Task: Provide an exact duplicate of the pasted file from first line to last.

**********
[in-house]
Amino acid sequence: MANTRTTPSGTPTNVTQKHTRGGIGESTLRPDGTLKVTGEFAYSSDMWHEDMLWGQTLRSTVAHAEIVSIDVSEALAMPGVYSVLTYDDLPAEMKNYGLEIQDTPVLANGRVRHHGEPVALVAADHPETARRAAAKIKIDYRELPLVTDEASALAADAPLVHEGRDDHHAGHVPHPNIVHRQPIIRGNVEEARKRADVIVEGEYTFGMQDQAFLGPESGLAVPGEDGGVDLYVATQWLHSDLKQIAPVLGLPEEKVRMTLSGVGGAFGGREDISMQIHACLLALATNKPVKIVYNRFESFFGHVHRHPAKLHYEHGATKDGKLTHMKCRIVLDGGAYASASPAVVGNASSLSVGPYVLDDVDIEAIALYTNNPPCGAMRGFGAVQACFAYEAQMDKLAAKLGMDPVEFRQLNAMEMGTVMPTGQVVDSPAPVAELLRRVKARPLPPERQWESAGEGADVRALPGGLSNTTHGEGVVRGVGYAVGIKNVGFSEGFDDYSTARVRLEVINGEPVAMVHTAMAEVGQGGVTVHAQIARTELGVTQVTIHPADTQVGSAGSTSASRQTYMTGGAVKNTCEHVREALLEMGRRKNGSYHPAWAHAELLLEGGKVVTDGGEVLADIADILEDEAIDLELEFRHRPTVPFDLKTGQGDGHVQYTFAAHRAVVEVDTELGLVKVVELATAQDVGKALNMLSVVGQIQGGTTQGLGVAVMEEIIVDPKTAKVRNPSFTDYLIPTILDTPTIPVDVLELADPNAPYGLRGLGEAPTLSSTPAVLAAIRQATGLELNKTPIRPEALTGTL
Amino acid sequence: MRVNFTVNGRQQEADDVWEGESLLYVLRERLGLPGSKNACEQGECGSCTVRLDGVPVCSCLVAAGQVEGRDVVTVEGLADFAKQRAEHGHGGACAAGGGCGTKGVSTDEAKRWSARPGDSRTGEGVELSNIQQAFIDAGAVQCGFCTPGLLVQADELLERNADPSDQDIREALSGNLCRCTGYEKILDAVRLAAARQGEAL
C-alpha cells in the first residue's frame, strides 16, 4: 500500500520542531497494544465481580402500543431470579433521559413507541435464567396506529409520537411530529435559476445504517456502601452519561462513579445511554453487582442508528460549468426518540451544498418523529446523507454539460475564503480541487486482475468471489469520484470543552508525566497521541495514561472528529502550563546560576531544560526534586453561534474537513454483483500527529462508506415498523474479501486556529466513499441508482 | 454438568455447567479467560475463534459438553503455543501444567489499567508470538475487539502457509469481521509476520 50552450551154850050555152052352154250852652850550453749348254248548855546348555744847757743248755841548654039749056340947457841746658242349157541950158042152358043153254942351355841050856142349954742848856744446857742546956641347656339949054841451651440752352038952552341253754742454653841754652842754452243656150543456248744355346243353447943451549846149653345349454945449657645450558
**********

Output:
[in-house]
Amino acid sequence: MANTRTTPSGTPTNVTQKHTRGGIGESTLRPDGTLKVTGEFAYSSDMWHEDMLWGQTLRSTVAHAEIVSIDVSEALAMPGVYSVLTYDDLPAEMKNYGLEIQDTPVLANGRVRHHGEPVALVAADHPETARRAAAKIKIDYRELPLVTDEASALAADAPLVHEGRDDHHAGHVPHPNIVHRQPIIRGNVEEARKRADVIVEGEYTFGMQDQAFLGPESGLAVPGEDGGVDLYVATQWLHSDLKQIAPVLGLPEEKVRMTLSGVGGAFGGREDISMQIHACLLALATNKPVKIVYNRFESFFGHVHRHPAKLHYEHGATKDGKLTHMKCRIVLDGGAYASASPAVVGNASSLSVGPYVLDDVDIEAIALYTNNPPCGAMRGFGAVQACFAYEAQMDKLAAKLGMDPVEFRQLNAMEMGTVMPTGQVVDSPAPVAELLRRVKARPLPPERQWESAGEGADVRALPGGLSNTTHGEGVVRGVGYAVGIKNVGFSEGFDDYSTARVRLEVINGEPVAMVHTAMAEVGQGGVTVHAQIARTELGVTQVTIHPADTQVGSAGSTSASRQTYMTGGAVKNTCEHVREALLEMGRRKNGSYHPAWAHAELLLEGGKVVTDGGEVLADIADILEDEAIDLELEFRHRPTVPFDLKTGQGDGHVQYTFAAHRAVVEVDTELGLVKVVELATAQDVGKALNMLSVVGQIQGGTTQGLGVAVMEEIIVDPKTAKVRNPSFTDYLIPTILDTPTIPVDVLELADPNAPYGLRGLGEAPTLSSTPAVLAAIRQATGLELNKTPIRPEALTGTL
Amino acid sequence: MRVNFTVNGRQQEADDVWEGESLLYVLRERLGLPGSKNACEQGECGSCTVRLDGVPVCSCLVAAGQVEGRDVVTVEGLADFAKQRAEHGHGGACAAGGGCGTKGVSTDEAKRWSARPGDSRTGEGVELSNIQQAFIDAGAVQCGFCTPGLLVQADELLERNADPSDQDIREALSGNLCRCTGYEKILDAVRLAAARQGEAL
C-alpha cells in the first residue's frame, strides 16, 4: 500500500520542531497494544465481580402500543431470579433521559413507541435464567396506529409520537411530529435559476445504517456502601452519561462513579445511554453487582442508528460549468426518540451544498418523529446523507454539460475564503480541487486482475468471489469520484470543552508525566497521541495514561472528529502550563546560576531544560526534586453561534474537513454483483500527529462508506415498523474479501486556529466513499441508482 | 454438568455447567479467560475463534459438553503455543501444567489499567508470538475487539502457509469481521509476520 50552450551154850050555152052352154250852652850550453749348254248548855546348555744847757743248755841548654039749056340947457841746658242349157541950158042152358043153254942351355841050856142349954742848856744446857742546956641347656339949054841451651440752352038952552341253754742454653841754652842754452243656150543456248744355346243353447943451549846149653345349454945449657645450558